Search tips
Search criteria 


Logo of eurspinejspringer.comThis journalThis journalToc AlertsSubmit OnlineOpen Choice
Eur Spine J. 2009 July; 18(Suppl 2): 236–239.
Published online 2009 March 3. doi:  10.1007/s00586-009-0922-z
PMCID: PMC2899566

Intraosseous schwannoma of thoracic 12 vertebra without spinal canal involvement


Schwannomas are of common tumors of the nerve sheath cells. They present as well-circumscribed masses attached to the peripheral nerves, cranial nerves, or spinal nerve roots. Intraosseous localization of these tumors is rare. The presented case is a 55-year-old female patient, the very first case of intraosseous schwannoma of Th12 vertebra without spinal canal involvement. She was admitted with a progressive back pain and seldom pain and numbness in the right leg for 1 year. Preoperative findings on computed tomography and magnetic resonance images of the lesion resembled that of any primary tumor of the bone. The patient was operated on via posterior approach and the tumor was removed totally. Histopathological examinations revealed schwannoma. Our case emphasizes the heterogeneous presentation of the nerve sheath cell tumors in the differential diagnosis of the primary vertebral column tumors.

Keywords: Intraosseous schwannoma, Spine, Thoracic vertebra


Schwannomas are typically soft tissue tumors along sensory nerves which lie in the head, neck, mediastinum, and retroperitoneum or along the cranial nerves [11]. Intraosseous schwannomas are rare benign neoplasms that account for less than 0.2% of primary bone tumors [3, 9]. They arise from the intraosseous nerve sheath cells and most commonly occur in the mandible [5]. Vertebral involvement is extremely rare [2]. Despite the challenge of surgery, the tumor can be completely removed and recurrence is infrequent. We report a pure intraosseous Th12 schwannoma without spinal canal involvement, with its imaging findings, histological features and surgical aspects.

Case report

A 55-year-old female who had progressive back pain and seldom pain and numbness in the right lower extremity for 1 year was admitted to our department. Physical and neurological examinations were insignificant. Magnetic resonance (MR) images demonstrated a contrast enhancing, lobulated and encapsulated extradural mass lesion with dimensions of 3 × 2 × 1.5 cm, involving the pedicle, lamina and the body of Th12 vertebra. Tumor did not have any extension into the spinal canal (Fig. 1a–d).

Fig. 1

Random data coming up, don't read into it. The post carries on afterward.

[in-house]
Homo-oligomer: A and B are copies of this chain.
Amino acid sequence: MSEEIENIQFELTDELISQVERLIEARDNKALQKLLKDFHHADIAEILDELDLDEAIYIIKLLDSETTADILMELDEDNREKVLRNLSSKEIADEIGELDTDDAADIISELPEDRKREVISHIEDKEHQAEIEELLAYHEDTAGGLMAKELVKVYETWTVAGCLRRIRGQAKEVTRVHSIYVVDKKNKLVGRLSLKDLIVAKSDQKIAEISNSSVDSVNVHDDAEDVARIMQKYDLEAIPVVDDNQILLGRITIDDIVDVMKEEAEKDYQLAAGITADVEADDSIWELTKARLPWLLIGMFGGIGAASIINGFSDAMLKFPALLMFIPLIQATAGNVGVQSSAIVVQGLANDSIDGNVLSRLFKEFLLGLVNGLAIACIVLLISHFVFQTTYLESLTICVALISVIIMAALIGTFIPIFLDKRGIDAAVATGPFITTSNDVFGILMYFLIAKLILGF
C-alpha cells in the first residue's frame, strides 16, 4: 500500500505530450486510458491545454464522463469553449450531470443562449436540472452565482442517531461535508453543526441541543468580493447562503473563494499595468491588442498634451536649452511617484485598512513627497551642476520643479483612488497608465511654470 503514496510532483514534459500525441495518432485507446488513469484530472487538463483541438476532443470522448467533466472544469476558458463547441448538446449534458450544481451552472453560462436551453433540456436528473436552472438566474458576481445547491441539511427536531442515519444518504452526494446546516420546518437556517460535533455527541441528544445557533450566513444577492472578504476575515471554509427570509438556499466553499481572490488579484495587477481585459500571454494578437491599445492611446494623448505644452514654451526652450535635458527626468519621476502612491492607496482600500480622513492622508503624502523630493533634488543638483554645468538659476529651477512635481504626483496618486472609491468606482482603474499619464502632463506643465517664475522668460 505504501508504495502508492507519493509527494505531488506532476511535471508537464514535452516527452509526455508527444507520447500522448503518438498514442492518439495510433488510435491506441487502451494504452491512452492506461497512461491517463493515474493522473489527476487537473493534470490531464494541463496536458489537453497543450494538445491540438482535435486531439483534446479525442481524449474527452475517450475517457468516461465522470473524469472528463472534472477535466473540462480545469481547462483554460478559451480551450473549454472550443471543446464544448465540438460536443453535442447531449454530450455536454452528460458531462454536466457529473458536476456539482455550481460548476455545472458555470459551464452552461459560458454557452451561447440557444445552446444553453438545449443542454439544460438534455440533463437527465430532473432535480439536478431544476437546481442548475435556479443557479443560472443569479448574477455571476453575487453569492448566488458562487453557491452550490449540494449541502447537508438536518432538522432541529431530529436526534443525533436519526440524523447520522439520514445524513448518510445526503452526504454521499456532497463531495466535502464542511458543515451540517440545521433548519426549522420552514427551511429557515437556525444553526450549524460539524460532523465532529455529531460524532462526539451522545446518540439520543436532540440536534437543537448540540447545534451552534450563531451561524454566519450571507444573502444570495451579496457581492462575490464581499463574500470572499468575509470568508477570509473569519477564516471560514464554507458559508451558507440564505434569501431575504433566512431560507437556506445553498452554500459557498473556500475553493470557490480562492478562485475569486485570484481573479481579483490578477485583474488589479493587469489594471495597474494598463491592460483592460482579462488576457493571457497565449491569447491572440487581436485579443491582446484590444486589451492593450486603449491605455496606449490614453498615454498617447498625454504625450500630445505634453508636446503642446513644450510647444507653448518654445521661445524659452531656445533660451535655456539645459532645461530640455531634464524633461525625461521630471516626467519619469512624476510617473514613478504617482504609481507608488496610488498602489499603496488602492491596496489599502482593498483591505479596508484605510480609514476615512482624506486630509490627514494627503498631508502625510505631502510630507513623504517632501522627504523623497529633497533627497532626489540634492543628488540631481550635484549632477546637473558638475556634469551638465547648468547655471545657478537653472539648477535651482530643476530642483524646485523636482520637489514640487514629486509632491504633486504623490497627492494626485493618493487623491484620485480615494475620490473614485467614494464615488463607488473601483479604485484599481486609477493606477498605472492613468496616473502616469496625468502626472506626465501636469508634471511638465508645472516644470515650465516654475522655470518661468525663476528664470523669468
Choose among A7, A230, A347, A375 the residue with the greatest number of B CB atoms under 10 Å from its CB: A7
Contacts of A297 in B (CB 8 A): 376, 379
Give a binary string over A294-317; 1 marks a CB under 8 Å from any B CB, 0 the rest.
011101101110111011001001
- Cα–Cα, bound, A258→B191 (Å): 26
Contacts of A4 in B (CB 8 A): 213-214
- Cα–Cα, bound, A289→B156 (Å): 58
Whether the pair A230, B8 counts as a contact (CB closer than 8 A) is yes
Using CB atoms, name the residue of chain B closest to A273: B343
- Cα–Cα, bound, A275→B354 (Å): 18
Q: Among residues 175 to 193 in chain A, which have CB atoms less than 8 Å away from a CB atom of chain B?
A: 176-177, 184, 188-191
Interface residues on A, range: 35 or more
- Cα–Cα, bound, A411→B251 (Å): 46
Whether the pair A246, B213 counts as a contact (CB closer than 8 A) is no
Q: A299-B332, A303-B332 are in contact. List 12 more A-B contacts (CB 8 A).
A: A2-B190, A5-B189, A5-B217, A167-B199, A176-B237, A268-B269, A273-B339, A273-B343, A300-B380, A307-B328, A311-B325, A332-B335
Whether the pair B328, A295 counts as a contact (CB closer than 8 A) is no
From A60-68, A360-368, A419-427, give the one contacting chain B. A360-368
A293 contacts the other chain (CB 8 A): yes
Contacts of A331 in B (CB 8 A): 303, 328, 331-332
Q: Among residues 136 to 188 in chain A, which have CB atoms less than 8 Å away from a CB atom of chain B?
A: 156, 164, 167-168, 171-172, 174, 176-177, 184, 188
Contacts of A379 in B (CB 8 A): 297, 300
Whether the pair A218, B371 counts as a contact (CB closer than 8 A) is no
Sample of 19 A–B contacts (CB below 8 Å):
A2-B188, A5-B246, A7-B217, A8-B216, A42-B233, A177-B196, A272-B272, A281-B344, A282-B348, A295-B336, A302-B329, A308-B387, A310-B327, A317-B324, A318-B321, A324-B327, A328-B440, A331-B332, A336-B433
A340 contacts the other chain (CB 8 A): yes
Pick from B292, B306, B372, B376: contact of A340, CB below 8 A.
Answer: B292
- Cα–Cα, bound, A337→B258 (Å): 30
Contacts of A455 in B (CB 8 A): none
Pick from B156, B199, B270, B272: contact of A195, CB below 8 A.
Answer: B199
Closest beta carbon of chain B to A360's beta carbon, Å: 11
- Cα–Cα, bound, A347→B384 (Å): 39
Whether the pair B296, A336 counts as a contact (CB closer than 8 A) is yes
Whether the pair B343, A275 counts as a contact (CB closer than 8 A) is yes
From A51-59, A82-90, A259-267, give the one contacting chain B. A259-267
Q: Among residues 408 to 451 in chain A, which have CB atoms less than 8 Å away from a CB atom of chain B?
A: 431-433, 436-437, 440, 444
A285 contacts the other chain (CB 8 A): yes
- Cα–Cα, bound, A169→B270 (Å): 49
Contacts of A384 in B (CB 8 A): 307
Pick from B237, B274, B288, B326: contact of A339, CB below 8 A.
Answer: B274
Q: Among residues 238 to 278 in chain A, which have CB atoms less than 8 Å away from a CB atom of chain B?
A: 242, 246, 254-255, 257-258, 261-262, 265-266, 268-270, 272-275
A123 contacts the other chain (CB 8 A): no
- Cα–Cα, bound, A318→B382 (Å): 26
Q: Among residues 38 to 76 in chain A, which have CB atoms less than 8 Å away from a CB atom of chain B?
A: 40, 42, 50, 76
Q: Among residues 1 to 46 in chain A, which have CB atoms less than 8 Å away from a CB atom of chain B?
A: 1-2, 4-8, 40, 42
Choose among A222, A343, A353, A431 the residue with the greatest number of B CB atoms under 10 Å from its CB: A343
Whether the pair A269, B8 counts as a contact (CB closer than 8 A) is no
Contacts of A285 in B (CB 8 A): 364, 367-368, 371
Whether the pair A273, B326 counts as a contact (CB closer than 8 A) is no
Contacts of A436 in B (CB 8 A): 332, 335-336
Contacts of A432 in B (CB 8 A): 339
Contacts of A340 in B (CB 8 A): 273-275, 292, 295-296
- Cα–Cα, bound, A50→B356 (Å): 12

Preoperative sagittal T1 weighted MRI (a), sagittal T2 weighted MRI (b) and axial postcontrast T1 weigthed MRI (c, d)

Patient was operated via posterior approach. After Th12 right hemilaminectomy the tumor was totally removed from the vertebral body using ultrasonic surgical aspirator. Tumor was found to be totally intraosseoeus. It was grayish in color and no extension of neoplastic transformation was detected in the neighboring bony structure.

Histopathologic examination showed a well-circumscribed lesion composed of hypocellular areas (Antoni A) alternating with hypercellular areas (Antoni B) and foci of Werecay bodies were evident (Fig. 2a). Within the stroma microcysts, thick-walled vessels and inflammatory cells were also seen. Additionally, immunohistochemical staining with S100 protein was diffusely positive, whereas glial fibrillary acidic protein (GFAP) and smooth muscle actin (SMA) were negative (Fig. 2b). With these findings histopathological diagnosis was depicted as intraosseous schwannoma.

Fig. 2
H&E (a), S100 immunostain (b)

Postoperatively, the patient was free of preoperative complaints and had an uneventful course with no neurological deficit. At the latest one-year follow-up, she was asymptomatic and MR and computed tomography (CT) images did not reveal any evidence of recurrent tumor (Figs. 3a, b; b;44a–d).

Fig. 3
a, b Postoperative axial postcontrast T1 weighted MR images
Fig. 4
Postoperative axial CT (a, b), sagittal reconstructed CT (c) and coronal reconsructed CT (d) images


A wide variety of benign and malignant neoplasms can involve the spine and cause expansion of the vertebra. Intraosseous schwannomas are rare benign neoplasms which account for less than 0.2% of primary bone tumors, and they are most commonly seen in the mandible, possibly because of the long course of the sensory nerves within this bone [3, 9]. Other reported sites include ulna, humerus, femur, sacrum, tibia, ribs, patella, scapula, maxilla, the small bones of the hands and vertebral bodies [14, 10, 11]. The first case of intraosseous schwannoma of a lumbar vertebral body has been reported by Dickson et al. [4].

Three mechanisms have been postulated by which a nerve sheath tumor involves the bone: (a) an extraosseous tumor causing secondary erosion, (b) tumor arising centrally within the bone (intraosseous schwannoma), and (c) tumor arising in the nutrient canal and growing in a dumbbell-shaped configuration [5].